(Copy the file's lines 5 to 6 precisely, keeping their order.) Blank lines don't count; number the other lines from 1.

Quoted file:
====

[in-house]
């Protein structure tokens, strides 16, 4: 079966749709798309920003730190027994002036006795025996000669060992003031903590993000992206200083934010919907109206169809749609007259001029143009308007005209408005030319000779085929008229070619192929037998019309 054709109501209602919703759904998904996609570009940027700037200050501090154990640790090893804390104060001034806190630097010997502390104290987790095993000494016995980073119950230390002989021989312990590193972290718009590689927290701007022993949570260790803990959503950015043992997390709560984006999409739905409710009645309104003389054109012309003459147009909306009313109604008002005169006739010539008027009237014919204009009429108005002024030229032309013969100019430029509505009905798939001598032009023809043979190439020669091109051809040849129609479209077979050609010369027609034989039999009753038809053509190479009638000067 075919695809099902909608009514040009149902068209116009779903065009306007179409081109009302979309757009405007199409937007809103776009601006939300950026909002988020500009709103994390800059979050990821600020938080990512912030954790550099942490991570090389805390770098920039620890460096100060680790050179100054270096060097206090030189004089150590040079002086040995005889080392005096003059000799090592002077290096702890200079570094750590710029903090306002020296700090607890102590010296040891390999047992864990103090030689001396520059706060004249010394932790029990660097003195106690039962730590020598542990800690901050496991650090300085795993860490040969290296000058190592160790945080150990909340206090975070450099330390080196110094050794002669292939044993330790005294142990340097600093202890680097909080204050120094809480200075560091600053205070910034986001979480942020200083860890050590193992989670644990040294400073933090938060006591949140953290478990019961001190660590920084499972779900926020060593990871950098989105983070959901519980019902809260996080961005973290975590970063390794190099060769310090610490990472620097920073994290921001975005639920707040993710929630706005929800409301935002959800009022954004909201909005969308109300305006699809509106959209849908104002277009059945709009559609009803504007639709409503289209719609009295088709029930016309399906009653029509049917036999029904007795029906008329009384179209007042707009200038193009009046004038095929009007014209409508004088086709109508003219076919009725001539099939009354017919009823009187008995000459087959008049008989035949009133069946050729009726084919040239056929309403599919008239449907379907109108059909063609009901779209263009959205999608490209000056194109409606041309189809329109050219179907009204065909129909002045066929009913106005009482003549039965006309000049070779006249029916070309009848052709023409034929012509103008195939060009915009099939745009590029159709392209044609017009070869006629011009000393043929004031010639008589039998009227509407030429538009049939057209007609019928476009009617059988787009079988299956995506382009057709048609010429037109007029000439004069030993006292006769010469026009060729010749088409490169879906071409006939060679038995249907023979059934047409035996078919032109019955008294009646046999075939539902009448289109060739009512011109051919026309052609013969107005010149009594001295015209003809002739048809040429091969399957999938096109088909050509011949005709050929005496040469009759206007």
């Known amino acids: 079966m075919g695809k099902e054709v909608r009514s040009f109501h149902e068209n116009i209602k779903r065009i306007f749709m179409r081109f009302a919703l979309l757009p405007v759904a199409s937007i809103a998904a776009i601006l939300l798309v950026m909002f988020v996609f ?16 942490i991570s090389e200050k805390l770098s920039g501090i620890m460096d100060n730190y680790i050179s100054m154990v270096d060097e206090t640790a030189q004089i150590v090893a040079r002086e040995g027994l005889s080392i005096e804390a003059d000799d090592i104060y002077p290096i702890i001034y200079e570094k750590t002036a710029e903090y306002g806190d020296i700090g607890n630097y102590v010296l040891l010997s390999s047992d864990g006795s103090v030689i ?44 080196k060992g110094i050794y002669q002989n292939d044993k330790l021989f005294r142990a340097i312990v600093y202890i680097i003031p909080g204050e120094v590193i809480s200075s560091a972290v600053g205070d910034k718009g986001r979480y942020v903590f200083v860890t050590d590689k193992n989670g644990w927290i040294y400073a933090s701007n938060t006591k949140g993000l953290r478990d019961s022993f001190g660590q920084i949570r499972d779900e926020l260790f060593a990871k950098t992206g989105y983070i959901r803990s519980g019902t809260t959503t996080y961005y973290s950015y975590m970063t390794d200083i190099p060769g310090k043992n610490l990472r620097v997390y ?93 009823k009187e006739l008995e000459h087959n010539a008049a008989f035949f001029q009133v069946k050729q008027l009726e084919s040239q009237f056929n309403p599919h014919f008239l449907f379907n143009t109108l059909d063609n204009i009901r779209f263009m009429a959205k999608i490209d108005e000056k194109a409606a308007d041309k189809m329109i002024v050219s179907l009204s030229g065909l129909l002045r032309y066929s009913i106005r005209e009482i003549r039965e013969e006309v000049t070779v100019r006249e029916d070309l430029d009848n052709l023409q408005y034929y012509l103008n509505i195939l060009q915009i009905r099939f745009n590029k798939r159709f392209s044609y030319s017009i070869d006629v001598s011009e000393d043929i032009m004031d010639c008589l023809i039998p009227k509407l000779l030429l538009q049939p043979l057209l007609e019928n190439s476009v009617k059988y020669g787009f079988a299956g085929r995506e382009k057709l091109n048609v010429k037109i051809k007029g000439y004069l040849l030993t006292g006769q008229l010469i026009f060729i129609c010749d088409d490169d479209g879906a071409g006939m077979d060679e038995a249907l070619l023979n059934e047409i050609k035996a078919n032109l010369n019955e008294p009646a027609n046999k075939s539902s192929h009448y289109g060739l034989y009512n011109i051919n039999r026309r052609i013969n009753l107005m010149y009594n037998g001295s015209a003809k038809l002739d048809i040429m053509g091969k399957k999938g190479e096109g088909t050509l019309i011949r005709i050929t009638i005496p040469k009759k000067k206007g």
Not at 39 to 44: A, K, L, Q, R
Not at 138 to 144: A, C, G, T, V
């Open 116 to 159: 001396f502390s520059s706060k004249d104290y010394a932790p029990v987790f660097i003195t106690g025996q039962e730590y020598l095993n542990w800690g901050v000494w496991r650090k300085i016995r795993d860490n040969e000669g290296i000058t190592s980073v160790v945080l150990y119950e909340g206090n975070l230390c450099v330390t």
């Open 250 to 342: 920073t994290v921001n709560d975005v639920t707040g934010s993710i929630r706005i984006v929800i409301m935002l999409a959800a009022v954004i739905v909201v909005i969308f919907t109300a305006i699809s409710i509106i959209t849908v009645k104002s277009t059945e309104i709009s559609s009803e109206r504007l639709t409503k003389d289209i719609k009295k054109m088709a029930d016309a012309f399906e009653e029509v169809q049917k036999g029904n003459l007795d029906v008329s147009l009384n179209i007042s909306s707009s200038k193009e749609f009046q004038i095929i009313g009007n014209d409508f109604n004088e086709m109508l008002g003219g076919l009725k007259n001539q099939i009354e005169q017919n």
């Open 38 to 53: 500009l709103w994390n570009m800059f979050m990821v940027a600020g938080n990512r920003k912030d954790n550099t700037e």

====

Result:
Not at 138 to 144: A, C, G, T, V
């Open 116 to 159: 001396f502390s520059s706060k004249d104290y010394a932790p029990v987790f660097i003195t106690g025996q039962e730590y020598l095993n542990w800690g901050v000494w496991r650090k300085i016995r795993d860490n040969e000669g290296i000058t190592s980073v160790v945080l150990y119950e909340g206090n975070l230390c450099v330390t």